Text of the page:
Breaking news of cancer to daughters was hard part

"Just thinking about it now, I can feel the tears forming," Ronni Jacobs says.
"Just thinking about it now, I can feel the tears forming," Ronni Jacobs says.
Posted: October 14, 2012

Through Oct. 17, and The Inquirer will mark breast cancer awareness month by publishing a profile a day of transformative moments reported by patients. The series will culminate in a special section on Oct. 18, and can be viewed at

Ronni Jacobs of Chestnut Hill is a single mother and has a special relationship with her two daughters, whom she raised by herself. The worst moment in her breast cancer journey was sharing the news with them.

"Just thinking about it now, I can feel the tears forming in my eyes," Ronni said. "Their father was never in the picture. When Jaime got married, Jaime, Amanda and I danced to 'In My Daughter's Eyes' by Martina McBride. There wasn't a dry eye in the place. It was wonderful. My dad walked Jaime down the aisle with me. Tears of joy lasted all day."

Ronni, 61 at the time of her diagnosis, worked at Curves, the women's gym, and took excellent care of herself, so it came as a shock. Telling Jaime, 26, and Amanda, 24 - she dreaded it.

"I called Jaime, since she lived in West Chester going to graduate school," Ronni said. "Jaime never stopped crying, never! She asked me a hundred questions, and came with me to the doctor, who answered everything and hugged us a lot. Her school friends got her through my illness. She cried in every class. When I met her friends, they told me they had never met anyone who loved her mom so much.

"My Amanda lived in town, so I asked her to have dinner with me. I was shaking and sweating when I got to her apartment. She was saying she had a bad day, so when I told her, she got up from her seat and ran into the bathroom and started screaming and crying and wouldn't let me in. This went on for some time until I coaxed her out. We hugged and she had that look on her face asking, 'Is my mom going to die?'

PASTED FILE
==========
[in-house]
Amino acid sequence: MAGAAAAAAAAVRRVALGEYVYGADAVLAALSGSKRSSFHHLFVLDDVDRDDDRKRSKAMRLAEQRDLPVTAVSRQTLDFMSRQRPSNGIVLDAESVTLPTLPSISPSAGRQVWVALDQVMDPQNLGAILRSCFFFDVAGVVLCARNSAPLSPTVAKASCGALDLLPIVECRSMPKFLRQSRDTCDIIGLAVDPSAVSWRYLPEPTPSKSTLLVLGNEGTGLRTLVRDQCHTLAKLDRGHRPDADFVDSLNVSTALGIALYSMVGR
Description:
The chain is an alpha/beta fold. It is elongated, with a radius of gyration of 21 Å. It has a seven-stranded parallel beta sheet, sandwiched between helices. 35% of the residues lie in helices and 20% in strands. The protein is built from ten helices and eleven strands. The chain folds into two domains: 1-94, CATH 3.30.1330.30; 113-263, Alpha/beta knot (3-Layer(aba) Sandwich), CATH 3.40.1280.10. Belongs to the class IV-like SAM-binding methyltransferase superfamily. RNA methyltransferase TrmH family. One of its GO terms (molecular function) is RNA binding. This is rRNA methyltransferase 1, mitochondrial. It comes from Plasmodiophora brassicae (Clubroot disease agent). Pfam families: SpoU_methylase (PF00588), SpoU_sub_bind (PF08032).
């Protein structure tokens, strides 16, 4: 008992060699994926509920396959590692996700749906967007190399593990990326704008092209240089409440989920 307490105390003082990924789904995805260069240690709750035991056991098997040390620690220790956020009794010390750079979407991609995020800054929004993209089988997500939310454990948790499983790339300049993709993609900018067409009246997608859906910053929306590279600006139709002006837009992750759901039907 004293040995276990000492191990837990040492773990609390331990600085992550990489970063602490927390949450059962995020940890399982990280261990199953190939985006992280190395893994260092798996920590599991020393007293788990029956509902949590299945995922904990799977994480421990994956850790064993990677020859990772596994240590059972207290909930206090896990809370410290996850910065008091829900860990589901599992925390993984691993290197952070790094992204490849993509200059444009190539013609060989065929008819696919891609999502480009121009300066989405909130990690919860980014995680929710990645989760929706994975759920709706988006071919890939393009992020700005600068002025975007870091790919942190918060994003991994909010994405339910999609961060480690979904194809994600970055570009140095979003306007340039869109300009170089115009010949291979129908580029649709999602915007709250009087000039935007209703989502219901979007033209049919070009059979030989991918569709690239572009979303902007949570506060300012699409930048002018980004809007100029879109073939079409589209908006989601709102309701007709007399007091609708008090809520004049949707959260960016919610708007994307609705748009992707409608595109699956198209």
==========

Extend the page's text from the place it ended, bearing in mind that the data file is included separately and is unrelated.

"They went through everything with me," Ronni said of her daughters. She held their hands and comforted them through the chemo and surgery. "It took my mind off of myself!" Ronni said.

Ronni is doing well now, 66, living in a small apartment. She's no longer working at Curves, but trying hard to follow through on a post-cancer resolution to do something nice for herself and for someone else every day.

"I tell myself I'm really funny or I'm smart because I answered questions on Jeopardy or I don't look bad for 66," she says. "Once a week I buy myself a muffin at Whole Foods and eat every wonderful crumb.

"I do similar things for others, as well," she said - "opening the door for someone, smiling into a sad lonely face, saying please and thank you and meaning it."

She spends a lot of time with Jaime and her family in Chester County's Honey Brook. "Jaime teaches second grade to students that adore her," says Ronni. She would never say that. Bob, my son-in-law, is the kindest person. He's a college graduate who works with his hands. He can build anything, cook anything and he plays several instruments. He is so wonderful to me. And then there is Westley, my 2-year-old delicious grandson, whom I adore. A baby girl is on her way in January.

"Amanda lives in Livingston Manor, N.Y., on an organic farm, where she is an intern. She loves walking around with baby chicks in her arms and making pies. She is a free spirit, her clothes never match. She is very quirky and in a lot of ways, my clone, only she's better. My girls hold such a special place in my heart.

"I am blessed in many ways that cannot be measured."

- Michael Vitez

Contact Michael Vitez at or 215-854-5639.

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